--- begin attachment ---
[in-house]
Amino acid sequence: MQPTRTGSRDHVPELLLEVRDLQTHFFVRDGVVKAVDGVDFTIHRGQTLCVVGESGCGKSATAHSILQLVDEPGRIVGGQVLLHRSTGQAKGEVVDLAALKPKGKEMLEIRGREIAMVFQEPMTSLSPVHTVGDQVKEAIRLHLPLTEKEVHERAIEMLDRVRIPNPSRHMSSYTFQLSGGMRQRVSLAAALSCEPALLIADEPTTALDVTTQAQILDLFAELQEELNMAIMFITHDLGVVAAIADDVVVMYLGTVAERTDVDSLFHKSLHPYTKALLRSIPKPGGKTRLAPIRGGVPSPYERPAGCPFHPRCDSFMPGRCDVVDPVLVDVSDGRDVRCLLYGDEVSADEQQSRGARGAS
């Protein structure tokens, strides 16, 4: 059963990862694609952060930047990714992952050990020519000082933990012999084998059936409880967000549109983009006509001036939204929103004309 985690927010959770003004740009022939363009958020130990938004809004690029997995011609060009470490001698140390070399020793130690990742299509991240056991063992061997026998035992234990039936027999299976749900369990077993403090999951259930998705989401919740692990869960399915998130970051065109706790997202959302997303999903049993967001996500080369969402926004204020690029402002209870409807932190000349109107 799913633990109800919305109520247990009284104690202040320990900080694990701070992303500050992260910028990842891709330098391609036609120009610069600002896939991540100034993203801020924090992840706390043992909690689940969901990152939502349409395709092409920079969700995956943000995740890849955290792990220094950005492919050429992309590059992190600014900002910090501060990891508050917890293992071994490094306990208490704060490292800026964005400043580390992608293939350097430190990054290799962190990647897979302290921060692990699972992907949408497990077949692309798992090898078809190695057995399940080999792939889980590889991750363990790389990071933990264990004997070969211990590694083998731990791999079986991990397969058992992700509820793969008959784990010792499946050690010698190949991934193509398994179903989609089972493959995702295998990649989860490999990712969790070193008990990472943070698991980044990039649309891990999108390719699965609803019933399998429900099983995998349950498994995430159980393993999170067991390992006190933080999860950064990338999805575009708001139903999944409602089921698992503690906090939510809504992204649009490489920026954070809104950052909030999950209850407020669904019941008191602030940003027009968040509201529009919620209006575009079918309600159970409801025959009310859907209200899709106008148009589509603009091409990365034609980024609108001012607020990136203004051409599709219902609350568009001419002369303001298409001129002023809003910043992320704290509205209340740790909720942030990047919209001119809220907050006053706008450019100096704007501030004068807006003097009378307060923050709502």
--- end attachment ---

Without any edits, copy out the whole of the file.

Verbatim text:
[in-house]
Amino acid sequence: MQPTRTGSRDHVPELLLEVRDLQTHFFVRDGVVKAVDGVDFTIHRGQTLCVVGESGCGKSATAHSILQLVDEPGRIVGGQVLLHRSTGQAKGEVVDLAALKPKGKEMLEIRGREIAMVFQEPMTSLSPVHTVGDQVKEAIRLHLPLTEKEVHERAIEMLDRVRIPNPSRHMSSYTFQLSGGMRQRVSLAAALSCEPALLIADEPTTALDVTTQAQILDLFAELQEELNMAIMFITHDLGVVAAIADDVVVMYLGTVAERTDVDSLFHKSLHPYTKALLRSIPKPGGKTRLAPIRGGVPSPYERPAGCPFHPRCDSFMPGRCDVVDPVLVDVSDGRDVRCLLYGDEVSADEQQSRGARGAS
């Protein structure tokens, strides 16, 4: 059963990862694609952060930047990714992952050990020519000082933990012999084998059936409880967000549109983009006509001036939204929103004309 985690927010959770003004740009022939363009958020130990938004809004690029997995011609060009470490001698140390070399020793130690990742299509991240056991063992061997026998035992234990039936027999299976749900369990077993403090999951259930998705989401919740692990869960399915998130970051065109706790997202959302997303999903049993967001996500080369969402926004204020690029402002209870409807932190000349109107 799913633990109800919305109520247990009284104690202040320990900080694990701070992303500050992260910028990842891709330098391609036609120009610069600002896939991540100034993203801020924090992840706390043992909690689940969901990152939502349409395709092409920079969700995956943000995740890849955290792990220094950005492919050429992309590059992190600014900002910090501060990891508050917890293992071994490094306990208490704060490292800026964005400043580390992608293939350097430190990054290799962190990647897979302290921060692990699972992907949408497990077949692309798992090898078809190695057995399940080999792939889980590889991750363990790389990071933990264990004997070969211990590694083998731990791999079986991990397969058992992700509820793969008959784990010792499946050690010698190949991934193509398994179903989609089972493959995702295998990649989860490999990712969790070193008990990472943070698991980044990039649309891990999108390719699965609803019933399998429900099983995998349950498994995430159980393993999170067991390992006190933080999860950064990338999805575009708001139903999944409602089921698992503690906090939510809504992204649009490489920026954070809104950052909030999950209850407020669904019941008191602030940003027009968040509201529009919620209006575009079918309600159970409801025959009310859907209200899709106008148009589509603009091409990365034609980024609108001012607020990136203004051409599709219902609350568009001419002369303001298409001129002023809003910043992320704290509205209340740790909720942030990047919209001119809220907050006053706008450019100096704007501030004068807006003097009378307060923050709502």